What’s In A Name?
The name Ross Macdonald may be very familiar to any fan of crime fiction novels, as he is the author of the renowned Lew Archer series. Something you might not know is that the name “Ross Macdonald” is a pseudonym used by American-Canadian writer, Kenneth Millar. Pseudonyms are not an unusual thing in the writing world, but what I’ve always found interesting is the reason behind why they are used.
Kenneth Millar initially decided to write under the pseudonym “John Macdonald” in order to avoid any confusion with his wife, Margaret Millar, who also enjoyed a successful writing career. Millar then moved to “John Ross Macdonald”, the name “Ross” coming from a favourite cousin of his. However, there was another writer by the name of John D. Macdonald, and so Millar settled on Ross Macdonald. Phew, that’s a little confusing. Let’s just stick to Ross Macdonald, shall we?
Best Ross Macdonald Books
|The Moving Target||9.06/10||257 Pages||Check Price On Amazon|
|The Drowning Pool||9.38/10||256 Pages||Check Price On Amazon|
|The Way Some People Die||9.56/10||258 Pages||Check Price On Amazon|
|The Ivory Grin||9.42/10||258 Pages||Check Price On Amazon|
|Find a Victim||9.12/10||224 Pages||Check Price On Amazon|
Major American Novelist
In this article I will be writing about the 10 best novels by Ross Macdonald, and I would be remiss to be writing about anything other than books from his Lew Archer series. I should give you a bit of background. Ross Macdonald first introduced this best book series back in 1946. The series centres around a tough but humane private eye, by the name of Lew Archer.
Macdonald released 18 books in total in this series, and it has been hailed the world over as some of the most significant mystery books to come out of America in the 20th century. Readers have loved Macdonald’s skill at combining the two sides of the mystery genre: “whodunit” and psychological thrillers. Keep reading for what I think are the best books in this incredible series by Ross Macdonald!
The Moving Target
I am going to review these books from the Lew Archer series in chronological order, just for the sake of easiness. You don’t have to read these Ross Macdonald books in any particular order, as each one features the private eye investigating a new case. In The Moving Target, we are introduced to the legendary Lew Archer, a private detective in post-war Los Angeles.
Archer has been hired by a wealthy woman who wants him to find her husband, Ralph. She fears that he is drunk and has gone off on another bender where he gives away copious amounts of money. Ralph is a millionaire that is notorious for giving away money to his friends – case in point being he literally gave a man his very own mountain.
Off With A Bang
As Archer starts his investigation, he quickly realises that Ralph has been kidnapped. His leads take him from seedy bars, to mansions and phony religious retreats. What follows is a twisted web of double crossing, and a blend of sex, greed, alcohol and a whole lot of action!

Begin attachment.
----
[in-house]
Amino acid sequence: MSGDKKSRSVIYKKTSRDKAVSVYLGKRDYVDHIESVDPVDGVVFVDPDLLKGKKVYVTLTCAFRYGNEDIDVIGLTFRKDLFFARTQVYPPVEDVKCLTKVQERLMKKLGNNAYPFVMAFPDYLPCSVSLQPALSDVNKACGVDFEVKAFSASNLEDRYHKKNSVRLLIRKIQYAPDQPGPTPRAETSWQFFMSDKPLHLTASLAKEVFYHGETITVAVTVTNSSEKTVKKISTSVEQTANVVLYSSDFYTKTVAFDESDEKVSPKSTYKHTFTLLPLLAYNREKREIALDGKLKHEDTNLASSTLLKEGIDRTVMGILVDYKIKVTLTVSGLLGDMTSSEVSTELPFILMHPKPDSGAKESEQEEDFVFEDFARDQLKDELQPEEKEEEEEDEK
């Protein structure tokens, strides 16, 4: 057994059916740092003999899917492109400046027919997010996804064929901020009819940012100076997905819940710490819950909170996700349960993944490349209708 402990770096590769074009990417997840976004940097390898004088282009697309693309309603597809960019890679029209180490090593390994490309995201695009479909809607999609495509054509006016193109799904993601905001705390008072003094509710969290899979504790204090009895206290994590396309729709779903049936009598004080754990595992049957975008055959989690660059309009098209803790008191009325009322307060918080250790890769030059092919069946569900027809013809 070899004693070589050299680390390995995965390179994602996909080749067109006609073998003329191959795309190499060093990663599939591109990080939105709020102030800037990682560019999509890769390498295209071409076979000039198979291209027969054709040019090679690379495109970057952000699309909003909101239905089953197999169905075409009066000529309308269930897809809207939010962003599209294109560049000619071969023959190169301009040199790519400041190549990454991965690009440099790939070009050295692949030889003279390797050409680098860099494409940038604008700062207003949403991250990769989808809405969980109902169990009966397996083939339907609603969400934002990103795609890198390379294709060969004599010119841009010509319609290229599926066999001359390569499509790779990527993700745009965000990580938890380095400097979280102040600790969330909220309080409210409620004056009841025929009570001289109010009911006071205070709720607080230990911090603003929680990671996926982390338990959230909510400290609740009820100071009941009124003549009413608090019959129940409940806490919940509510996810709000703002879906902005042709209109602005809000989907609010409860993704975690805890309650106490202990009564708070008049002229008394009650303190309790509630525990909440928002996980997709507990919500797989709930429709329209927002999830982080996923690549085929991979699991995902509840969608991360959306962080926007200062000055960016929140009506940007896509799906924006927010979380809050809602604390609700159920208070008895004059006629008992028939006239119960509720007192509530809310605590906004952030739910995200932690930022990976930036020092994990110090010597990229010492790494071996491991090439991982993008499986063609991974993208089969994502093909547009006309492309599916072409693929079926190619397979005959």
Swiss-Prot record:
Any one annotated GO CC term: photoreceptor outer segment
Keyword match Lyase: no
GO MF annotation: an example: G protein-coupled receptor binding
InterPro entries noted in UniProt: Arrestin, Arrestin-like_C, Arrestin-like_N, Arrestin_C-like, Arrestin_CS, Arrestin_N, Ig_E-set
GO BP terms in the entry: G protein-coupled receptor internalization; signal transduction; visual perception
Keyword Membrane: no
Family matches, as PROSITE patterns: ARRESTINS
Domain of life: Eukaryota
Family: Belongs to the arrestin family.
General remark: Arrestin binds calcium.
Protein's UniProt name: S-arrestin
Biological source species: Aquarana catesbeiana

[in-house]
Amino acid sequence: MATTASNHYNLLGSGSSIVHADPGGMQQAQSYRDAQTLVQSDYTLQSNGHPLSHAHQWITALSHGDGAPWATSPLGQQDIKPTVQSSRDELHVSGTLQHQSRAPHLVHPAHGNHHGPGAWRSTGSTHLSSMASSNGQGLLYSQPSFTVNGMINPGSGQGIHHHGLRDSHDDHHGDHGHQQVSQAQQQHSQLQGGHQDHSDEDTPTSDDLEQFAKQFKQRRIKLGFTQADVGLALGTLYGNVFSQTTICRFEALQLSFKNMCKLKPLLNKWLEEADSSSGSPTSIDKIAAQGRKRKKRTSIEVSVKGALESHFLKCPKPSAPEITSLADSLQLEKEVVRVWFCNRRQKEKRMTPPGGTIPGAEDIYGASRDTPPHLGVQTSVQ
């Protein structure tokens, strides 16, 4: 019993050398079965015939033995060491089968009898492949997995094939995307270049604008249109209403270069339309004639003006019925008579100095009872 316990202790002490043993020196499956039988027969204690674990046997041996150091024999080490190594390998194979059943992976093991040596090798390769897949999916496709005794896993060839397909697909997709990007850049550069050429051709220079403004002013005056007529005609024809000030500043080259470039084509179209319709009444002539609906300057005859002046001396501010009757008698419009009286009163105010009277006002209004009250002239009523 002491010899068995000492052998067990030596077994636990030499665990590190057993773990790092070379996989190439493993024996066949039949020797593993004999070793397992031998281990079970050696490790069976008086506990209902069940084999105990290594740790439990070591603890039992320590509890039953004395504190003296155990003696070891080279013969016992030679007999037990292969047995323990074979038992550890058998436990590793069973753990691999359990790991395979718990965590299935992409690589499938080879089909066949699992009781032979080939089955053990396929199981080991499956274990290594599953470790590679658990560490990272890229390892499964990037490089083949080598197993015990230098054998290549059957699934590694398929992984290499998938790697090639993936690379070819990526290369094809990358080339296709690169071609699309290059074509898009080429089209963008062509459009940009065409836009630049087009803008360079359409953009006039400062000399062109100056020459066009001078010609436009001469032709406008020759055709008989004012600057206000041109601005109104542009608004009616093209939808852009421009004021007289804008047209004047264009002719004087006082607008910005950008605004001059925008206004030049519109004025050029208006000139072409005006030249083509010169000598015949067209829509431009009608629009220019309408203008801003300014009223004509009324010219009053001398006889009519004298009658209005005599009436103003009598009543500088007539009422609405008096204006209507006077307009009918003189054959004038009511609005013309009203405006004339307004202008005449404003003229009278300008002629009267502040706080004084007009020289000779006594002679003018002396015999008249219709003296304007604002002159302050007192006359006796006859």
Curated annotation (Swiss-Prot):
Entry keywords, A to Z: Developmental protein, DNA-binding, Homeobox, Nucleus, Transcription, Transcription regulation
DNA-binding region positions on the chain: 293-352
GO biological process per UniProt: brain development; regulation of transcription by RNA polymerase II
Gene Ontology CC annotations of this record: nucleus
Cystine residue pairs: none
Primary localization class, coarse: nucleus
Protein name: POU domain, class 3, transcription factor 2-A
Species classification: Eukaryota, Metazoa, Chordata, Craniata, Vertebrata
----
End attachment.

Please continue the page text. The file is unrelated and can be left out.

Ross Macdonald sets up the best PI character so well in this first book. Lew Archer is cynical and hard, but he’s a smart man with a strong set of morals that often results in conflicts with the law. Macdonald kickstarts this thrilling series with a bang, bringing us the first of many stories about a rough and tumble PI and the thrilling cases he has to solve. Trust me when I say this is not a book you want to pass on!
The Drowning Pool
The Swimming Pool
The next book to add to your Ross Macdonald book list is The Drowning Pool. This book is one of those “whodunit” mysteries which I love, because I will keep guessing no matter how many times I get it wrong. PI Lew Archer is hired by a woman to investigate a blackmail letter that she received.
In a Southern California town with a house bordering the line between idyllic and rich, and seedy and small, it is no surprise to find corruption in the mix. Archer thinks it will just be a typical blackmail investigation, but when a person drowns in a pool, the waters become murky (pun intended).
Curiosity Killed The Cat
This is now a murder investigation, and not only does Archer have to deal with this mess of a family, but also the police, an oil tycoon, and a borderline psychopath. A wiser man would have turned this case down, but Archer isn’t interested in the money. So, what drives a man like Lew Archer? Curiosity, of course.
This book is fast-paced, and the plot is full of twists and turns. Like I mentioned earlier, you will keep guessing about who the culprit is, and you may be right, but you’ll probably be wrong. Also, The Drowning Pool was made into a movie of the same name in 1975, and it features some big names. It’s always fun to read a book and compare it to the movie!
The Way Some People Die
Not A Cliché
In one of the best books by Ross Macdonald, Lew Archer is given fifty crumpled notes by Mrs Lawrence. She is asking him to find her daughter, Galatea, who has a penchant for wandering off. Mrs Lawrence tells Archer that her daughter is “boy crazy” and last she saw her, Galatea was driving off with Joe Tarantine, a small-time but violent gangster.
As Archer follows Galatea and Joe’s trail, from the slums of San Francisco to the luxurious Palm Springs, the bodies start to pile up. What starts off as a simple and cliché private eye novel soon turns into drug trafficking, blackmail, juvenile delinquents, femme fatale, corruption and murder. I could go on, but you get the gist.